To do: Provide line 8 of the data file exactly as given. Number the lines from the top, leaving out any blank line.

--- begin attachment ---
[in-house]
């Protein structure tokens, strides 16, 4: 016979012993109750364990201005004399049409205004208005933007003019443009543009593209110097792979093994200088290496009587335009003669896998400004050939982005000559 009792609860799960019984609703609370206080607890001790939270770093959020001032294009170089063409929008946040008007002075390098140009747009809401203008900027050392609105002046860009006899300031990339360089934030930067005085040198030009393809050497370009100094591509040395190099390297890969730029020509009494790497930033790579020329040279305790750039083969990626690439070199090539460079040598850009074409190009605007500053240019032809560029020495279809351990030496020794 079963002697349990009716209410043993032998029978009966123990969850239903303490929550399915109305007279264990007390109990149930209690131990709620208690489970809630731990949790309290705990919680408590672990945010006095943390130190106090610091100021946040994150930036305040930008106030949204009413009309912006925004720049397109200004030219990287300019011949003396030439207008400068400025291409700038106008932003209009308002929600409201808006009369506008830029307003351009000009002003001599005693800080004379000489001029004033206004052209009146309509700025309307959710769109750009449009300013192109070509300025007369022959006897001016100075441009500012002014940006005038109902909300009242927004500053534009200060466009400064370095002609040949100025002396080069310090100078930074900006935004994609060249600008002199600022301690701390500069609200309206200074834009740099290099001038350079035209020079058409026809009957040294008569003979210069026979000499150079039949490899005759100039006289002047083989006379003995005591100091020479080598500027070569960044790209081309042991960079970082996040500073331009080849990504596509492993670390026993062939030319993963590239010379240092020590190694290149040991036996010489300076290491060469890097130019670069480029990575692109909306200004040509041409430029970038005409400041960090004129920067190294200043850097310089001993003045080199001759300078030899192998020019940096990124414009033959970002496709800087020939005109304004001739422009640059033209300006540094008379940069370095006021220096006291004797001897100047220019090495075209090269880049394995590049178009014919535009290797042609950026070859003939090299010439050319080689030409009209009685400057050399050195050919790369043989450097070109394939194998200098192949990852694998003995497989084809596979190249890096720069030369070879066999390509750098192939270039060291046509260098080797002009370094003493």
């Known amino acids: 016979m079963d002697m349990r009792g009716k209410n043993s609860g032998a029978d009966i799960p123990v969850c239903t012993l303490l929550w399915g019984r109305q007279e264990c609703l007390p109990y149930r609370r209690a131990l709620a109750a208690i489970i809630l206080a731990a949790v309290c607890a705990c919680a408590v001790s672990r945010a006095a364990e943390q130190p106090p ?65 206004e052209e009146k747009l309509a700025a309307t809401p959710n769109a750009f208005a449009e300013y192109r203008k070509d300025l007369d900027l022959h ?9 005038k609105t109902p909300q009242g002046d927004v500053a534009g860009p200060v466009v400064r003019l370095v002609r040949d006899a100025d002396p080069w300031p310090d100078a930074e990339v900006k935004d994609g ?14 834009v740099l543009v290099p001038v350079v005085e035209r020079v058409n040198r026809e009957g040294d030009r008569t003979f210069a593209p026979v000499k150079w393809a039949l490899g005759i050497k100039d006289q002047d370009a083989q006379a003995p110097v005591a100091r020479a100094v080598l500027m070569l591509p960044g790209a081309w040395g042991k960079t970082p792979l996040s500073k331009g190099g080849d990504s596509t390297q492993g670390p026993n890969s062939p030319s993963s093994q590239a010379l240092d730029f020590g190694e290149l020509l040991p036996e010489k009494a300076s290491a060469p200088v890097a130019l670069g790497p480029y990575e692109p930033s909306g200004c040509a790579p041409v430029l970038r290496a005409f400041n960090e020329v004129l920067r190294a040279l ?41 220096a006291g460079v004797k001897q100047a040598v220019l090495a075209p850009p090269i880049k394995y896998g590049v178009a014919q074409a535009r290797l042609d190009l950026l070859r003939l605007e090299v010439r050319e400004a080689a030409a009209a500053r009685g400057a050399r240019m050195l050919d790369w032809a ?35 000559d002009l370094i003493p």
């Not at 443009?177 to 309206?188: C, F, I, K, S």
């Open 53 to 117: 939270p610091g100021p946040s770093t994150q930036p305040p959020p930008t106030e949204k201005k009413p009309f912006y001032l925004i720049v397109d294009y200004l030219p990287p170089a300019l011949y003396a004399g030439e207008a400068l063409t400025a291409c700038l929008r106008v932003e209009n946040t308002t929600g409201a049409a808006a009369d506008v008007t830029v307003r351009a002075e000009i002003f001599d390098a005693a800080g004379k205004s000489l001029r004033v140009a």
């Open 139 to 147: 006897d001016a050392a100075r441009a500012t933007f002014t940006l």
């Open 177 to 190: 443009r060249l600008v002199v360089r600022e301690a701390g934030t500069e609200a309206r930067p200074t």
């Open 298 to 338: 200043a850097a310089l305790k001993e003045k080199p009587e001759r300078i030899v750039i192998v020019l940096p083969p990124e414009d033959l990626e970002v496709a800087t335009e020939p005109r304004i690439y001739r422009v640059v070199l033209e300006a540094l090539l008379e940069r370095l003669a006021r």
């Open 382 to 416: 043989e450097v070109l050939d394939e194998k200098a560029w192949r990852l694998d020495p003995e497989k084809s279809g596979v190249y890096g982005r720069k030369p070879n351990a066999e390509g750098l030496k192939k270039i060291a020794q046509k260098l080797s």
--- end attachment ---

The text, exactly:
């Open 298 to 338: 200043a850097a310089l305790k001993e003045k080199p009587e001759r300078i030899v750039i192998v020019l940096p083969p990124e414009d033959l990626e970002v496709a800087t335009e020939p005109r304004i690439y001739r422009v640059v070199l033209e300006a540094l090539l008379e940069r370095l003669a006021r």